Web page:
Operating Systems Don’t
Matter Much Anymore
The OS will
for as long
as we use
but mostly it
Thanks to advances in virtualization, cloud technology and the Web, it
matters less and less to users which operating system is behind their desktop screens — or, for that matter, their tablet and smartphone displays.
Steven J. Vaughan-Nichols has been
technology and the
business of technology
since CP/M-80 was
300bps was a fast
Internet connection —
and we liked it!
He can be reached at
Don’t get me wrong. Operating systems will
remain important for as long as we use computers. But for the most part, they are going to matter
only to the people behind the scenes.
Look at the desktop. More and more applications can be used with just a Web browser.
Indeed, Google’s Chrome operating system is built
around the idea that a browser is all a user really
needs, and Google extends that idea through a
software ecosystem that includes Gmail for email
and Google Docs for office software. The primacy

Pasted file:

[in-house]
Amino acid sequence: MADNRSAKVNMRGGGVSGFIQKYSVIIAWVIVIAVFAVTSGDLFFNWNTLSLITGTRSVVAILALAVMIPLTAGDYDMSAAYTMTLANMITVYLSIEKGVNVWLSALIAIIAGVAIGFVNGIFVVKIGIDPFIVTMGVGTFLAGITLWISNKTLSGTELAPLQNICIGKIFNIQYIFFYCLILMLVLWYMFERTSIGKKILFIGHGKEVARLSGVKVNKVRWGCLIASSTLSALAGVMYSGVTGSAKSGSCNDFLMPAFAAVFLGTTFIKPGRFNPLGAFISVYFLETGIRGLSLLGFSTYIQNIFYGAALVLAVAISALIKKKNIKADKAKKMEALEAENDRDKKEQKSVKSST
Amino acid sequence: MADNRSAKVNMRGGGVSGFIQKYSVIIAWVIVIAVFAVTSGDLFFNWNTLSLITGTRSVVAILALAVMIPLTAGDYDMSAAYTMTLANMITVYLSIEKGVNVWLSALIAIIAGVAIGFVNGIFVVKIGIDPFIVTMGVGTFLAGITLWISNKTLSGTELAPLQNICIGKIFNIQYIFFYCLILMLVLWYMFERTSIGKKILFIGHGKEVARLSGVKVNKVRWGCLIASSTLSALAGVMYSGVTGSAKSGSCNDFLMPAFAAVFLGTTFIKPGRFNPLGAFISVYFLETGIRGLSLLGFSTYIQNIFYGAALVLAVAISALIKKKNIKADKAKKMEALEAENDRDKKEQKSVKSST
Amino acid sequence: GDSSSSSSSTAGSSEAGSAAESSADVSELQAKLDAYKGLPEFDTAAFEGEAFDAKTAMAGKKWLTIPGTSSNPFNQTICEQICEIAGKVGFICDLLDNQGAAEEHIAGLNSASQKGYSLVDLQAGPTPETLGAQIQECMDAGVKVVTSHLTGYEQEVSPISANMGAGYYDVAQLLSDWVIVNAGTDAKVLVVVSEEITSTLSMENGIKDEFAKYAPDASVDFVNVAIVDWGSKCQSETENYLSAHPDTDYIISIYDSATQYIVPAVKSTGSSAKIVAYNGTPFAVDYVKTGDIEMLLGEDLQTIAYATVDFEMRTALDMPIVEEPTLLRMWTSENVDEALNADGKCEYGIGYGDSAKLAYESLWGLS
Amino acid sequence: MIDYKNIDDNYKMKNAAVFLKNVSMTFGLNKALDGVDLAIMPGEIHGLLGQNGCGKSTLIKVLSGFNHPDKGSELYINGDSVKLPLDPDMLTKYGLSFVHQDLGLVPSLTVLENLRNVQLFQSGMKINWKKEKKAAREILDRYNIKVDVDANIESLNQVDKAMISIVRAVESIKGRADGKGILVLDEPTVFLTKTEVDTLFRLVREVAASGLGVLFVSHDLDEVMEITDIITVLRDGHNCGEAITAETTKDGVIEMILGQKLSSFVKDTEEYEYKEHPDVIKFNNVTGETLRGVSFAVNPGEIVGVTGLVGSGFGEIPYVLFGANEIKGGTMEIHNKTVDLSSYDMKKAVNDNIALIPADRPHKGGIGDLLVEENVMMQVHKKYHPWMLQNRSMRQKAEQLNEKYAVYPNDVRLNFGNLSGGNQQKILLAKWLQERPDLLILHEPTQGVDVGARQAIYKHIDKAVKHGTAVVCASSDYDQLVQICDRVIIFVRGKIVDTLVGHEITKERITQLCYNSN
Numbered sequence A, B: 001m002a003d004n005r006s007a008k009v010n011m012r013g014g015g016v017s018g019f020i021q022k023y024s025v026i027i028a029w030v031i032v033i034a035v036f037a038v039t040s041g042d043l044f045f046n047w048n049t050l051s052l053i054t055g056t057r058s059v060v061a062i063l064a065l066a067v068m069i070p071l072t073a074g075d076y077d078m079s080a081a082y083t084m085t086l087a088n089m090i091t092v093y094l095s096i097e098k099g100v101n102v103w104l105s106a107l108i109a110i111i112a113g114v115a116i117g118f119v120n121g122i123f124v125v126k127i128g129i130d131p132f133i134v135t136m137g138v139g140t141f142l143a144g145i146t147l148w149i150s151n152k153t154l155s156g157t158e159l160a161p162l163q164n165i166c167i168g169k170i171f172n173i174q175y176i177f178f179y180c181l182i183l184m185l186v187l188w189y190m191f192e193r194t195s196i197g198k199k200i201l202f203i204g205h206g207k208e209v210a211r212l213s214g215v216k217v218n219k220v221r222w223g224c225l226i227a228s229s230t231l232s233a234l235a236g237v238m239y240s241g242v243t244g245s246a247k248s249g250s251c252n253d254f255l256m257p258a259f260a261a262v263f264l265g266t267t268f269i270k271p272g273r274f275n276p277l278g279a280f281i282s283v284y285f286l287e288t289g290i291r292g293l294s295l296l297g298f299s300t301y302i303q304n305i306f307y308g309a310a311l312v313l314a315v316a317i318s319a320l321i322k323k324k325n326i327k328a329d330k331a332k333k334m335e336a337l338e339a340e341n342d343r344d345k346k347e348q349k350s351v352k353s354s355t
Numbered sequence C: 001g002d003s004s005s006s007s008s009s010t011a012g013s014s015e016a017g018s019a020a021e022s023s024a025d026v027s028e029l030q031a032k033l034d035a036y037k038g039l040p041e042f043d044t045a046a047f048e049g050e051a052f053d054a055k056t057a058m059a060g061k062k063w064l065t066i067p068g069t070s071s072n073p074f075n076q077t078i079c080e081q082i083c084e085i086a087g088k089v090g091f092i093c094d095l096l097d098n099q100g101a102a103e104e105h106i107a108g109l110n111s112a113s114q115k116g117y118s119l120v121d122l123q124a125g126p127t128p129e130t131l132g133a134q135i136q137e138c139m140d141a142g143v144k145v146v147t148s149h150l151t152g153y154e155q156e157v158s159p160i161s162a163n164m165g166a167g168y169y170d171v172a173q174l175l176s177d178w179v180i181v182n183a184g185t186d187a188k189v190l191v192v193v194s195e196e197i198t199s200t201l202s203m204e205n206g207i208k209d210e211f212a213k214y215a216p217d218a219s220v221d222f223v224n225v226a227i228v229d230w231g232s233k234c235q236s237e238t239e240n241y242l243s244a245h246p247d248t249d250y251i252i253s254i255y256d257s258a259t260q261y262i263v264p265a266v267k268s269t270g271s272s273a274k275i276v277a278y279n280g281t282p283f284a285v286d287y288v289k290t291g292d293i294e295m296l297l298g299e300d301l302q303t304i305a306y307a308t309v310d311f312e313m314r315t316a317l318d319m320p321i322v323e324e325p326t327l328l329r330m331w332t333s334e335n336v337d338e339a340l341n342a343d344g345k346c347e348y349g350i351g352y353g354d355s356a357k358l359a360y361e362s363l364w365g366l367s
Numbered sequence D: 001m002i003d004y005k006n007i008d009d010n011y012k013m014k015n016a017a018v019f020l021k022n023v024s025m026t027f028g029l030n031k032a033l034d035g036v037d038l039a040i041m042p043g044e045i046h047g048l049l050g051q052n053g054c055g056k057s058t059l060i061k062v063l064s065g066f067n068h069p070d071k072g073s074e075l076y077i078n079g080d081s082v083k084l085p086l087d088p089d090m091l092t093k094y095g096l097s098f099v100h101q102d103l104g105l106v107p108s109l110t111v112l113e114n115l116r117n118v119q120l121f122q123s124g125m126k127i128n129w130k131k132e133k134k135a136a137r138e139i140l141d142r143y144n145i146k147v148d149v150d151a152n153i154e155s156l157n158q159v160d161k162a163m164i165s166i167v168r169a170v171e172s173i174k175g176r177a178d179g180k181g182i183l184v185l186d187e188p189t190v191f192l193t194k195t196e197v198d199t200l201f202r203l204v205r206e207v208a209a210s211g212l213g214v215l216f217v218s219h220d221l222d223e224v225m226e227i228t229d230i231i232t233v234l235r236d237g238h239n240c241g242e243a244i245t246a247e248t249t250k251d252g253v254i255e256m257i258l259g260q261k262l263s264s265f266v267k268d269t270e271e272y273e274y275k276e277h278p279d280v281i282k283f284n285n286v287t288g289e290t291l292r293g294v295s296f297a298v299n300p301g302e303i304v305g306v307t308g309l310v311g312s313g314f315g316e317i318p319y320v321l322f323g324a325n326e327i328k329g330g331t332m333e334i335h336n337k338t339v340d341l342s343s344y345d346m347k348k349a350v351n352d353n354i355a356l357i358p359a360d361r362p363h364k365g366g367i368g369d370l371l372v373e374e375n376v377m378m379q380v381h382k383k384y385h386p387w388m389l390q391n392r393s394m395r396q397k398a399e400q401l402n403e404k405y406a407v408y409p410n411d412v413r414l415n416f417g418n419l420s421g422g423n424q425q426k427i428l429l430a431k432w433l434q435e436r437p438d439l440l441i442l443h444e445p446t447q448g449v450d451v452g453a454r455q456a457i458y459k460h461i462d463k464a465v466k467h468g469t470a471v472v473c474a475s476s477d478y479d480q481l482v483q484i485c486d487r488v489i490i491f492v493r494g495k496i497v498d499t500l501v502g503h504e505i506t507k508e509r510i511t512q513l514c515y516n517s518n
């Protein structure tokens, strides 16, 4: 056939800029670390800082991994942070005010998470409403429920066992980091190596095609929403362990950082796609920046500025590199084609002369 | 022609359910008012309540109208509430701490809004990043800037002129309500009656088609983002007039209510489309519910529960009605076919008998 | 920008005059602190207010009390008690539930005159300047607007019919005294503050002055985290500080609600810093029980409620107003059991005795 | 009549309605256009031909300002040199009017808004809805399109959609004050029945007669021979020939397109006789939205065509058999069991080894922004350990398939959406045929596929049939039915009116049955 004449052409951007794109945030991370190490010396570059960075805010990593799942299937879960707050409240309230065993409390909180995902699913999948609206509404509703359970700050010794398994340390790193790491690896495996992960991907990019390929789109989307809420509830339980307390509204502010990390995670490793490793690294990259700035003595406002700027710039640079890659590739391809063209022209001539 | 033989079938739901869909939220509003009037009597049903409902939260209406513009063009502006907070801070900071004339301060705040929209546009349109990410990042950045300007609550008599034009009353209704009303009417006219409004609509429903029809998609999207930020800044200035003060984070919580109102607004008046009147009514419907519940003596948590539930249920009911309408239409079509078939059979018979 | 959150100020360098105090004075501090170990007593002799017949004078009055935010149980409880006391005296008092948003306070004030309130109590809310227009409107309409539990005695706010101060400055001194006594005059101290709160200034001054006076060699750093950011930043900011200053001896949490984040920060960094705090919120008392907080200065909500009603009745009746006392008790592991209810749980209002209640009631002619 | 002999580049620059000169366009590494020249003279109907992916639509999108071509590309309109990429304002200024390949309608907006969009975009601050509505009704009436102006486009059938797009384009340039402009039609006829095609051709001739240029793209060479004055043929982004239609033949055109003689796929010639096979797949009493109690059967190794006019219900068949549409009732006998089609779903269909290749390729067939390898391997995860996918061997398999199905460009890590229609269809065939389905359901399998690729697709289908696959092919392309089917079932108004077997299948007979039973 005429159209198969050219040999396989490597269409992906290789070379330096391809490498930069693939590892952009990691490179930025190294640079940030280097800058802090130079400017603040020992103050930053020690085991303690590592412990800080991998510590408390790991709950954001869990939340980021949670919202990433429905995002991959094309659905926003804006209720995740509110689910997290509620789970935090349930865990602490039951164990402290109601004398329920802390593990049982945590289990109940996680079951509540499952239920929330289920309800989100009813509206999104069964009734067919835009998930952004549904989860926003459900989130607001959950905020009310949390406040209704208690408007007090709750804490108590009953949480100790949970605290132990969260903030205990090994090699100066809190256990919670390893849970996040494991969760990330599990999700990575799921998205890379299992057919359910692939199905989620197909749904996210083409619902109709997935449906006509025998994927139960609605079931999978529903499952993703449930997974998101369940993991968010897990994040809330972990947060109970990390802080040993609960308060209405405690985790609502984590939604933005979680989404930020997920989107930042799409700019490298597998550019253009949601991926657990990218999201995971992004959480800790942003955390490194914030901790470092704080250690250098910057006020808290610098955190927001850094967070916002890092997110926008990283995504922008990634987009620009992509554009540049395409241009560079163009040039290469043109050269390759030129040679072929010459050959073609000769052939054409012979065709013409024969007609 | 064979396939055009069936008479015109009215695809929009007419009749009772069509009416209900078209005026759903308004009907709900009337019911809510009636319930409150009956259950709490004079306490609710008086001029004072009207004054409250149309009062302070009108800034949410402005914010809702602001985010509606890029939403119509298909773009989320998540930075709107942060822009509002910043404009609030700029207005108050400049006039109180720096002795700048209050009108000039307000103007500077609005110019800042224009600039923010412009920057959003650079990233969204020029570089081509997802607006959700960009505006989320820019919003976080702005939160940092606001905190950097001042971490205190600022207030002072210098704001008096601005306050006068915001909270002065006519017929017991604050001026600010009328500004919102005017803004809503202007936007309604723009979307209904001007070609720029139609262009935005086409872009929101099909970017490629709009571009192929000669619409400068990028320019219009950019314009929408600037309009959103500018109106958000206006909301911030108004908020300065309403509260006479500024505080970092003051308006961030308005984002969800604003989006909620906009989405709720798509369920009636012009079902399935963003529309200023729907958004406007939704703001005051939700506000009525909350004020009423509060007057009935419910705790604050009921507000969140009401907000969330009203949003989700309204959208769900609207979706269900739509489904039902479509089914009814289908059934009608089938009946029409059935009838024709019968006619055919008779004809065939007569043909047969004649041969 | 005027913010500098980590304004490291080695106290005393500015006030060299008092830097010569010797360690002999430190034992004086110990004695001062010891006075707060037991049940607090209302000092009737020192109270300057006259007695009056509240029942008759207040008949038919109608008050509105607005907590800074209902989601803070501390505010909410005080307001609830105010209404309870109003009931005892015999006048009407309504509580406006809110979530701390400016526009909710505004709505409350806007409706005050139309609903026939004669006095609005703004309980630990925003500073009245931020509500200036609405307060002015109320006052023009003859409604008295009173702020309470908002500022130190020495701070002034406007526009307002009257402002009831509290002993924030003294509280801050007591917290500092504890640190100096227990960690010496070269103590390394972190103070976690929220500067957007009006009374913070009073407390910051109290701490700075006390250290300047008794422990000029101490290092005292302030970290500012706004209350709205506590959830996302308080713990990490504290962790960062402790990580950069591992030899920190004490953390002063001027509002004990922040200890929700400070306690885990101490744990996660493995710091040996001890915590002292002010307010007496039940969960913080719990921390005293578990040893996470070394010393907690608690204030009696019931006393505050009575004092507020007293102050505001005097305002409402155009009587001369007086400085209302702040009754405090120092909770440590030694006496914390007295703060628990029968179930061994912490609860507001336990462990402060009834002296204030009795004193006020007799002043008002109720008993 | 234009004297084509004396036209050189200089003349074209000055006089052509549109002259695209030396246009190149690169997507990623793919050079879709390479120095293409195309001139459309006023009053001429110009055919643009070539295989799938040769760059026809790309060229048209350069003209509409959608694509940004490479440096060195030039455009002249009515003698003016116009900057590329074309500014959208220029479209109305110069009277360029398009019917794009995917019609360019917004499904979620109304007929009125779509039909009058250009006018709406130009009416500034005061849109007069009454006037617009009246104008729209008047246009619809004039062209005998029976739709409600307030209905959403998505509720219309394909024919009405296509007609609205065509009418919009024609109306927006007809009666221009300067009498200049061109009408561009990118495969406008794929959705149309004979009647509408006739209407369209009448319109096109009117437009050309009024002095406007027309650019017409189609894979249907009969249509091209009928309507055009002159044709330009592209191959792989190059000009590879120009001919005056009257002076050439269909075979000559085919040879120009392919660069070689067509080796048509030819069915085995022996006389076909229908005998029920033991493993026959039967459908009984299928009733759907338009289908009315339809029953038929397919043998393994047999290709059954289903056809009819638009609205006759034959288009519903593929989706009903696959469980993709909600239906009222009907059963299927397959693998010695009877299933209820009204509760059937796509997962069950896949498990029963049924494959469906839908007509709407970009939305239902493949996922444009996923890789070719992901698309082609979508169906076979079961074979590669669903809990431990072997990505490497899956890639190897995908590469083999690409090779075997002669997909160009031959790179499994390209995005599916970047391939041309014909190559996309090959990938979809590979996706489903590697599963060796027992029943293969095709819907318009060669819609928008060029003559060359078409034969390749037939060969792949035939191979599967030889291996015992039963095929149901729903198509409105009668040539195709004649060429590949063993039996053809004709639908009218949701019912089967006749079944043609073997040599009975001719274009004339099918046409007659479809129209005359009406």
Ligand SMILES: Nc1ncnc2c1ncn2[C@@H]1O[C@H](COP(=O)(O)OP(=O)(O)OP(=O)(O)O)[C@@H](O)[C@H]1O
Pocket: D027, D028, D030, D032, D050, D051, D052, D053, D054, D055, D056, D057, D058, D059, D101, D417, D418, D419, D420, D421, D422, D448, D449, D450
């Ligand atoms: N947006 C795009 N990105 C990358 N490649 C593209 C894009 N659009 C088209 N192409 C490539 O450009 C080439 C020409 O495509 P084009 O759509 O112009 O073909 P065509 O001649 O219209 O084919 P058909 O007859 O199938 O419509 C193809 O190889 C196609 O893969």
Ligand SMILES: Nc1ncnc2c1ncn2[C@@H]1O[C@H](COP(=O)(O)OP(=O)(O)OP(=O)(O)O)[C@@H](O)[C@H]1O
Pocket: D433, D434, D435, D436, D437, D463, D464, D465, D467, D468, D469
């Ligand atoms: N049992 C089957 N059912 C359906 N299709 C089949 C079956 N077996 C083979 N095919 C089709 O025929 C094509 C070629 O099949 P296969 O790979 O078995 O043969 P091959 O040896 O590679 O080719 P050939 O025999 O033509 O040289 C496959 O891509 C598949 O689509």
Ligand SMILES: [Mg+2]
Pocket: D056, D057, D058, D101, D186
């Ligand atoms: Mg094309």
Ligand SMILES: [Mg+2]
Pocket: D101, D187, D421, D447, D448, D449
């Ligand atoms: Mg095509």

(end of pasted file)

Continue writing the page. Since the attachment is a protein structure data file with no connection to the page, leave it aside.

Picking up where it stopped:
of the Web browser is arriving just as advances in
Web technology, such as the rise of HTML5, are
making the browser ever more powerful. (And if
you don’t believe that HTML5 is a real advance,
then you haven’t noticed that Adobe, for all intents
and purposes, is abandoning its flagship media
format, Flash, for HTML5.)
Meanwhile, software as a service, which used
to be just for business applications, is becoming
more common in user settings. This isn’t just
Google’s plan. Other options include programs
like Dropbox, which offers users universal access
to storage without any need for a file server.
Meanwhile, Apple, with iCloud, is moving both
data storage and services such as media serving,
email and contact management to the cloud. And
Microsoft is moving this way as well, with offerings like Office 365.
In the business world, the old client/server
model is being phased out as cloud-based services
take over more and more functions. Users — and
sometimes CIOs and CTOs, for that matter —
increasingly have no idea where their applications
and data actually “live.” The IT staff may know
that the cloud is in a given data center, but that’s
it. A similar progression is occurring in the con-
sumer world, with personal storage and services
going to the cloud.